Wednesday, January 11, 2012

Movie Review: The Adventures of Tintin

The Movie: The Adventures of Tintin
The Players: Jamie Bell, Andy Serkis, Daniel Craig
The Makers: Steven Spielberg (director), Steven Spielberg, Peter Jackson, Kathleen Kennedy (producers), Steven Moffat, Edgar Wright, Joe Cornish (writers)
Run time: 107 minutes

Tintin (Jamie Bell) is a young journalist living in a European town with his dog, Snowy. While browsing in a market one day, he spots a model sailing ship, the Unicorn, and purchases it on the spot, pleased with such a great find. Before leaving the market, Tintin has offers from two other gentlemen to take the ship off his hands for a decent sum of money, which he attributes to nothing more than a strange coincidence. When Tintin refuses, one of them issues an ominous warning that he will be cursed as long as he owns the model ship.

Back home, after a scuffle with the neighbour's cat, Snowy destroys the model ship by accident, and eventually they discover that the ship holds part of a secret that leads Tintin to Marlinspike Hall, the residence of Ivan Sakharine (Daniel Craig), one of the men who offered to buy the ship from Tintin at the market. While at the mansion, Tintin notices that Sakharine is also in possession of a model of the Unicorn and his curiosity it piqued. Returning home, Tintin discovers that his model ship has been stolen, and moments later he is shot at and abducted.

Snowy manages to track Tintin down where he's being held captive aboard the SS Karaboudjan, which has been taken over by Sakharine. As Tintin and Snowy escape, they discover the ship's captain, Haddock (Andy Serkis), a bumbling drunk with a temper who is also being held captive. Haddock reveals that his ancestor, Sir Francis Haddock, was captain of the treasure-laden Unicorn when it was attacked by pirates led by Red Rackham, Sakharine's ancestor, and sunk. It is revealed that there are three model ships that each hold a piece of the puzzle that will lead them to the buried treasure, so the trio decides to find the other two pieces of the puzzles and beat Sakharine at his own game.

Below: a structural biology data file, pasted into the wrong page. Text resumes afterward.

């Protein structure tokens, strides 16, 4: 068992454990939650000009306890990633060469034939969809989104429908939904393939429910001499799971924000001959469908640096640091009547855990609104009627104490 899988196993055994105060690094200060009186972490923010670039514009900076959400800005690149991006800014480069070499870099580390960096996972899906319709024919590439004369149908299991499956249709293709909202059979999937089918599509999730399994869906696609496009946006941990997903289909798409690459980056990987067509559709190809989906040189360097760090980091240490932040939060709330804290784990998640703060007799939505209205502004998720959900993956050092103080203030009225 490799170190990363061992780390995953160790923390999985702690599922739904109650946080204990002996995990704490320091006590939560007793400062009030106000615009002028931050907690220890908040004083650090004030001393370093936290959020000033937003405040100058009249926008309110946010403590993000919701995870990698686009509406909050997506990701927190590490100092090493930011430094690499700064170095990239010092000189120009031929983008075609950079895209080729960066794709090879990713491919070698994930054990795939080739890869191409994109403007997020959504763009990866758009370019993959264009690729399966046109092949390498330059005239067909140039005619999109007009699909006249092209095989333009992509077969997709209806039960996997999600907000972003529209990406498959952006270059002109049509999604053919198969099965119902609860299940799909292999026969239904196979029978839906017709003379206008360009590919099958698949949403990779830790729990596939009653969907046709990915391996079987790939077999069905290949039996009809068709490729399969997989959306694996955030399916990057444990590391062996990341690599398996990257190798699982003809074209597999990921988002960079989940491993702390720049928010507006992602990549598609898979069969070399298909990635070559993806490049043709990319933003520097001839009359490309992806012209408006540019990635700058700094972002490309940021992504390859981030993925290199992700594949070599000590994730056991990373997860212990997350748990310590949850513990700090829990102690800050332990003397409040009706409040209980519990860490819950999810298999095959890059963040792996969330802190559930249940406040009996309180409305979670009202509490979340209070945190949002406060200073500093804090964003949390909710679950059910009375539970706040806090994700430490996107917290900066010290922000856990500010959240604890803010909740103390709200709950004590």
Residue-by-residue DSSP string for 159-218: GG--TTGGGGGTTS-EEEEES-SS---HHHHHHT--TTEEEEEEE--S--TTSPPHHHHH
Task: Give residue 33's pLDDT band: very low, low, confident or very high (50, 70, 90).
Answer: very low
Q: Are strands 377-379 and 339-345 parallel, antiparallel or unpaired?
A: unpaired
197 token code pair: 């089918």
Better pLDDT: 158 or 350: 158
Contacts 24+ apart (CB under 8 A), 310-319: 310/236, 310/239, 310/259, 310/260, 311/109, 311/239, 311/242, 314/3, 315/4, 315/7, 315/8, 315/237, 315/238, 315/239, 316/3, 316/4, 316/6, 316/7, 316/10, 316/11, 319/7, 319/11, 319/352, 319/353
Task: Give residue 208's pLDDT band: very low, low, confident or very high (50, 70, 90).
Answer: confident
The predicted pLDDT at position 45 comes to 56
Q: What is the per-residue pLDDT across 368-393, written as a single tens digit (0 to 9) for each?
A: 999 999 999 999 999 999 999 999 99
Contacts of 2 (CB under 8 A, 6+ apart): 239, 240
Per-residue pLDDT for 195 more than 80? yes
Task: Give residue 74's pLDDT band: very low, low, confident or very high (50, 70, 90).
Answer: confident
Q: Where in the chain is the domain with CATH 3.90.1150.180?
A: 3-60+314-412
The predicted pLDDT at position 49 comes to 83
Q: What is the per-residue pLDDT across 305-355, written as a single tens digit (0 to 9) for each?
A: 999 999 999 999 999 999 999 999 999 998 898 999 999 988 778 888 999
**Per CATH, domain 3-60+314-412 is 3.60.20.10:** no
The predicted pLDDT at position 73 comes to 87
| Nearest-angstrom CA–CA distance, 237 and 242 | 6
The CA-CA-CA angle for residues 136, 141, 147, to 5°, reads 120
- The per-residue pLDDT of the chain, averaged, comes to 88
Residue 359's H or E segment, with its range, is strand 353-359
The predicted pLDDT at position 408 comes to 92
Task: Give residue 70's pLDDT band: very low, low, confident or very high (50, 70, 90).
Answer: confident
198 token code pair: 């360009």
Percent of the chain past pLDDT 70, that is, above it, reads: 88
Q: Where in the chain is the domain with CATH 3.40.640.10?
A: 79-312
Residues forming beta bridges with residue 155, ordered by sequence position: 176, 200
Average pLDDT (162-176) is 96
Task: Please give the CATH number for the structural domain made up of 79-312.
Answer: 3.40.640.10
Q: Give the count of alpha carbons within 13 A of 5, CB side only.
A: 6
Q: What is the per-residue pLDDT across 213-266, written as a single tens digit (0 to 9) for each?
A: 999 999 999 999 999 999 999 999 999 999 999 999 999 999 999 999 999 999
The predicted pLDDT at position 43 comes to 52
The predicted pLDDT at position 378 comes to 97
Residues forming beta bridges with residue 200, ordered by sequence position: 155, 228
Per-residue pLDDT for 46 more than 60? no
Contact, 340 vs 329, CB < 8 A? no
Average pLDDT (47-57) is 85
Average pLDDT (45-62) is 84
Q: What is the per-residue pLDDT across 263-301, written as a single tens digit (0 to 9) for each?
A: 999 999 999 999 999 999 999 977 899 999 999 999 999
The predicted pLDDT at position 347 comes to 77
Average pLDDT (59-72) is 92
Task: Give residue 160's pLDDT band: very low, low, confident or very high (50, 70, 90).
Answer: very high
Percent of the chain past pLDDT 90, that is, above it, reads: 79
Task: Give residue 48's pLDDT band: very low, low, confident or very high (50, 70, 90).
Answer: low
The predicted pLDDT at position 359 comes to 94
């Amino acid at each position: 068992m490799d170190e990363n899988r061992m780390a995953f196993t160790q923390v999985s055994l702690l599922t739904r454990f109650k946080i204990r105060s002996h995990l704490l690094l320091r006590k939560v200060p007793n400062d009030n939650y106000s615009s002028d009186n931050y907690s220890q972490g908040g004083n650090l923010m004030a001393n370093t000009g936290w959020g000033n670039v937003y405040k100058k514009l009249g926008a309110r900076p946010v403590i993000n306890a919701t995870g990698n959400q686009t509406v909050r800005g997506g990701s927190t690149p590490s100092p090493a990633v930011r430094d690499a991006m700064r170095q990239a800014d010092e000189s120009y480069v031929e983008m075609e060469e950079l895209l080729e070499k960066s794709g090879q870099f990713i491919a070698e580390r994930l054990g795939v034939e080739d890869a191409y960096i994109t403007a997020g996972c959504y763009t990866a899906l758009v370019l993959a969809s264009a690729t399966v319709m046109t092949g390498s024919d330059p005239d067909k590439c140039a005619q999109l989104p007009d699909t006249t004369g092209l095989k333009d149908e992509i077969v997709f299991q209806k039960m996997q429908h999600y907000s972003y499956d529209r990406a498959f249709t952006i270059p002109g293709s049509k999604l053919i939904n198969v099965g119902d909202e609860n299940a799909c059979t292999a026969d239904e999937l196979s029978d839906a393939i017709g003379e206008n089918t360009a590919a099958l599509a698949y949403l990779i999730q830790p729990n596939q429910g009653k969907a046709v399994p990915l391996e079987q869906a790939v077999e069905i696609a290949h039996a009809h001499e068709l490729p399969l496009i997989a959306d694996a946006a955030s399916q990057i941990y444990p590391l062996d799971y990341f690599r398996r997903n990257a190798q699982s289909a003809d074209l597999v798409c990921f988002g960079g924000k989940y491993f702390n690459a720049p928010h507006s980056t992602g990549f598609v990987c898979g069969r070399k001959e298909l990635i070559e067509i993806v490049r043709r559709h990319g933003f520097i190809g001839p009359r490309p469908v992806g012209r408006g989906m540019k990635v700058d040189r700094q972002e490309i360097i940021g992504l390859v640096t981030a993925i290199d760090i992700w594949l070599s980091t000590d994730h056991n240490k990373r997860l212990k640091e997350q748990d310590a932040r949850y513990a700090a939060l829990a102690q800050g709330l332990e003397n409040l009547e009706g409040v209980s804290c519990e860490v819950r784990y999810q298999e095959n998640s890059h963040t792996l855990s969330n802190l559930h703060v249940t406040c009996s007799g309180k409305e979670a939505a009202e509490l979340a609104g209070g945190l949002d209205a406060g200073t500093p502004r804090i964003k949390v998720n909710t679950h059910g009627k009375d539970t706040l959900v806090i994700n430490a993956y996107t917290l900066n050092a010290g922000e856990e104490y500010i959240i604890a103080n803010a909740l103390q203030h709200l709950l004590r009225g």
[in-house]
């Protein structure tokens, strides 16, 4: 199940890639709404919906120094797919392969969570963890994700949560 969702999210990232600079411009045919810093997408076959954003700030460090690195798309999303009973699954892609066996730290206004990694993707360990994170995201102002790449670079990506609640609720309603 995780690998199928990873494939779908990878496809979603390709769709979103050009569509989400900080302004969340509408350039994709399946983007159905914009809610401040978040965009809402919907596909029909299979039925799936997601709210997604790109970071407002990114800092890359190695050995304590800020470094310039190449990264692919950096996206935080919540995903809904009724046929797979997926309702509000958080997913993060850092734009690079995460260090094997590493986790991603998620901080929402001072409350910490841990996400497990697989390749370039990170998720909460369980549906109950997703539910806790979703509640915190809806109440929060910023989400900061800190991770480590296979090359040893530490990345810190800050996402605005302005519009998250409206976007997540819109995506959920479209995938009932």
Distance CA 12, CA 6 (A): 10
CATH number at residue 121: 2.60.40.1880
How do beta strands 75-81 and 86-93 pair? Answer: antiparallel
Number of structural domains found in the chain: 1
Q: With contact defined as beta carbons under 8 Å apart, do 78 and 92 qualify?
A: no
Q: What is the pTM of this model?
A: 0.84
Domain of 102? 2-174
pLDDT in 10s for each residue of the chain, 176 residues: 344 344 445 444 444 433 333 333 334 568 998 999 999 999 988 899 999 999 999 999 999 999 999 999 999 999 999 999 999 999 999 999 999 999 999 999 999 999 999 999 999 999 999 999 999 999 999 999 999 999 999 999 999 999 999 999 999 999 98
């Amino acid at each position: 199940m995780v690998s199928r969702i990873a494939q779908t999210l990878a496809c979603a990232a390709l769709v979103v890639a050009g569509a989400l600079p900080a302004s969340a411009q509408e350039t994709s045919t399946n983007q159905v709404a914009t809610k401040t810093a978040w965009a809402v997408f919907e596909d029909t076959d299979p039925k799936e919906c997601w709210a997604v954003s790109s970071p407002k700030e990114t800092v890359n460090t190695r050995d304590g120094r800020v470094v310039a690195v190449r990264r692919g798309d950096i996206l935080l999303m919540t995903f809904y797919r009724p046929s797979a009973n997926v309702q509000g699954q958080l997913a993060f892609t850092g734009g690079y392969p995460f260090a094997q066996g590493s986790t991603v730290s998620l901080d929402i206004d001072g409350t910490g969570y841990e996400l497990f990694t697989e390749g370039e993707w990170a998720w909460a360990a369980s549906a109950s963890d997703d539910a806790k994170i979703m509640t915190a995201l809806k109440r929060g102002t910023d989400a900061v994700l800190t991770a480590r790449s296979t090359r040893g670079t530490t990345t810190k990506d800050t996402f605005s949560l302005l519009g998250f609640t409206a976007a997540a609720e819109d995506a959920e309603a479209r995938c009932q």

Based on three of Hergé's original comic books, I think The Adventures of TinTin is one of the best animated films released in years. The plot is set up nicely and without too much laborious explanation of Tintin's backstory, so the audience is able to get a grasp of adventure-loving Tintin's life and his talent for solving mysteries as the story moves forward at a cracking pace. Tintin, with his curious nature paired with Snowy, his mischeiveous dog are a delightful duo, and once they team up with the unpredictable Haddock things become action packed. 

Critics may take issue with this film for a seeming lack of humor, or sit down expecting to watch a cute, fluffy film, thus completely missing the care and attention to detail the creators have taken with this adaptation. Light-hearted and funny (particularly when the bumbling Thomson and Thompson are on screen), Tintin, Snowy and Haddock make an entertaining trio of adventurers. While the character of Tintin would have benfitted from a little more personalisation to help the audience connect with him on a deeper level, the creators can't be faulted for their faithful portrayal of such a beloved comic book character.

The animation is simply stunning - scenes in Morocco are richly layered with the most intricate details, and the characters' faces are so emotive it's hard to believe what you're watching is an animation. The film is action packed and offers viewers a rollicking good ride full of thrills, spills and a nice, old fashioned goodies versus baddies battle. It's also great to see the plot doesn't rely on a traditional male/female love interest story to hold the things together, keeping the mystery and adventure front and centre for the duration of the film. Tintin, Snowy and Haddock's journey to defeat the bad guy is all this movie needs to keep you on the edge of your seat.

While fans of the comics and cartoons from years gone by will love this spectacular update of a comic book icon, it's also a nice movie to introduce kids to as an alternative to the often formulaic Disney and Pixar films. Definitely something for the whole family to enjoy!

In a word:

Sidenote: if you're ever travelling through the Loire Valley in France and have the opportunity to visit Château de Cheverny, the mansion Marlinspike Hall was based on, I highly recommend it. It's set on beautiful grounds, has luxurious interiors and if you time your visit to coincide with the hounds' feeding time you'll be in for a real treat!
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Kelly Nissen said...

I really enjoyed this! I rate the Morocco sequence up there with something out of Indiana Jones.

Julia @ Boredom Abounds said...

Kelly, we loved that sequence! It was SO Indiana Jones, but the detail was amazing. Having been to Morocco, we thought it was really well done from a scenery/detail perspective.

Unknown said...

Good movie. The end result is something like "The Da Vinci Code" meets "Raiders of the Lost Ark" meets the Hardy Boys.